TALLAHASSEE, Fla. (AP) - A bill that would ban Shariah, or Islamic law, and other foreign laws from being applied in state courts passed the House Thursday despite no evidence that judges have used foreign law against Floridians.
The House measure (HB 351) initially passed on a party-line 79-39 vote. One representative, St. Petersburg Democrat Darryl Rouson, later changed his yes to a no.
Gov. Rick Scott immediately praised the bill, which doesn't mention the word "Shariah."
"America was founded on principles of religious freedom," he said in a statement. "In Florida, we have many religions and cultures that contribute to the rich diversity of our great state ... I applaud the Florida House for passing HB 351 that would make clear the constitutional rights of our citizens will be protected."
Rep. Larry Metz, the bill's sponsor, said the measure is limited to foreign law in state family court, and only laws that contradict federal and state constitutional rights. The Yalaha Republican added it does not target specific religions and would not invalidate a foreign marriage, for instance.
"Read the bill," he said. "It provides clear policy guidance to the judiciary ... With the increasing internationalization of the economy, it's more likely people coming here are going to have legal agreements and decrees from their native countries and they're going to want to have those enforced in Florida courts."
But Caroline Mala Corbin, a constitutional law professor at University of Miami School of Law, called it a "legally pointless exercise."
"Florida courts already cannot apply any law, foreign or domestic, that is unconstitutional," she said. "Unconstitutional laws are by definition unenforceable."
She also noted that a law can be neutral on its face and still be considered discriminatory if it was "motivated by a discriminatory intent and has a discriminatory impact."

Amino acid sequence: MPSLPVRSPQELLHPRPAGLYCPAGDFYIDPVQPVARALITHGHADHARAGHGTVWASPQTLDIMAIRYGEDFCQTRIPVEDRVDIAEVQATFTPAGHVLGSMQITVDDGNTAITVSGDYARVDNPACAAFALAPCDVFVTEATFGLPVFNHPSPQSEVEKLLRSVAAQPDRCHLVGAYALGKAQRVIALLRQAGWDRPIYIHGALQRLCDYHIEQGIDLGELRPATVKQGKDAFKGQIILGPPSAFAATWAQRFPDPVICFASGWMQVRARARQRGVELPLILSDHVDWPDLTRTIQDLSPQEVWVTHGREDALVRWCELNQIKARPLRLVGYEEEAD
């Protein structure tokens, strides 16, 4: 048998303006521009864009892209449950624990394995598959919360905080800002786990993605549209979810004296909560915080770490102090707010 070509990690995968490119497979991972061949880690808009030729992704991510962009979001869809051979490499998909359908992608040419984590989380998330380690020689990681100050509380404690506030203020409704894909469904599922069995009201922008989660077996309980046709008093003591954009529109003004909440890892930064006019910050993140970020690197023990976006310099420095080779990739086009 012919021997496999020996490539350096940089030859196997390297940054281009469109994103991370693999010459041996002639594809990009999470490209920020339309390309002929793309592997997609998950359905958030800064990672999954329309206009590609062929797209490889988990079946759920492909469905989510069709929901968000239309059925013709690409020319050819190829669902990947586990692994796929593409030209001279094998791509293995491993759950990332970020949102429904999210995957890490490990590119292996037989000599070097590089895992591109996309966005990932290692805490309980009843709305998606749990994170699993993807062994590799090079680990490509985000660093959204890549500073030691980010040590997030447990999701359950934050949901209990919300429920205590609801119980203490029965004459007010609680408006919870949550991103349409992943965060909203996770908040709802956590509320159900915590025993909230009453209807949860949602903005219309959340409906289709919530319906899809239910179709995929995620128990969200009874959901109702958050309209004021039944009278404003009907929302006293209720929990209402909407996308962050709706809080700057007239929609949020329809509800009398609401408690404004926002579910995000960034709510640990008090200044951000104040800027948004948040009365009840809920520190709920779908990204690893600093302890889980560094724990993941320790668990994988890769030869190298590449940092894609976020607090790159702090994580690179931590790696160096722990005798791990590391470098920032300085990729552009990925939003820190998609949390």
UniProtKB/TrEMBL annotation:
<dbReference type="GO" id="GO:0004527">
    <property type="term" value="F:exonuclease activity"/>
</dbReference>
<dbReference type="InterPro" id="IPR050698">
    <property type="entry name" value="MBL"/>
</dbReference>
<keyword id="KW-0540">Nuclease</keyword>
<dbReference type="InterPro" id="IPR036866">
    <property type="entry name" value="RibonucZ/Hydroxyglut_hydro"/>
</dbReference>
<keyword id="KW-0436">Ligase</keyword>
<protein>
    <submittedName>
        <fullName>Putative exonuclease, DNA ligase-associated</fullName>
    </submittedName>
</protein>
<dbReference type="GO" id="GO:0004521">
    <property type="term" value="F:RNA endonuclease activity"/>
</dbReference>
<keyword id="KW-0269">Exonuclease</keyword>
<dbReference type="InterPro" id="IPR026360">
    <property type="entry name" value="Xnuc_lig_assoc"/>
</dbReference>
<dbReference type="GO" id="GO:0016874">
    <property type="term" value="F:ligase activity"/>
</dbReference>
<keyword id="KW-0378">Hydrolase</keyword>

An identical bill in the Senate barely survived its last committee on a 5-4 vote.
Christopher Rumbold, a Boca Raton attorney and member of The Florida Bar's legislation committee, said his research has turned up no Florida case in which Shariah or another foreign law was used against a Florida resident.
"I am loath to impute any xenophobic characteristic to this bill," he said. "But I have been called unpatriotic based on my opposition."
The bill's proponents say they're just trying to head off what's happened in other states. Rumbold looked at those cases, too, he said, and "they don't say what (the bill's supporters) say they say."
According to the Council on American-Islamic Relations, six states have similar laws: Arizona, South Dakota, Kansas, Louisiana, Tennessee and Oklahoma. The group sued in Oklahoma - where the law specifically mentioned Shariah - and that law was suspended.
In floor debate, Rep. Jim Waldman, a Coconut Creek Democrat, called the man who drafted the first version of the law "a bigot."
David Yerushalmi is a Chandler, Ariz.-based lawyer who is trying to ensure Shariah is outlawed in the U.S. and drafted model legislation on which the Florida bill is based. He said he hoped Waldman wasn't referring to him.
"That is a simply false statement," he said.
Yerushalmi added that such a law would be good for Florida: "When foreign laws deny fundamental rights, they should not be given any credence in a United States court," he said.
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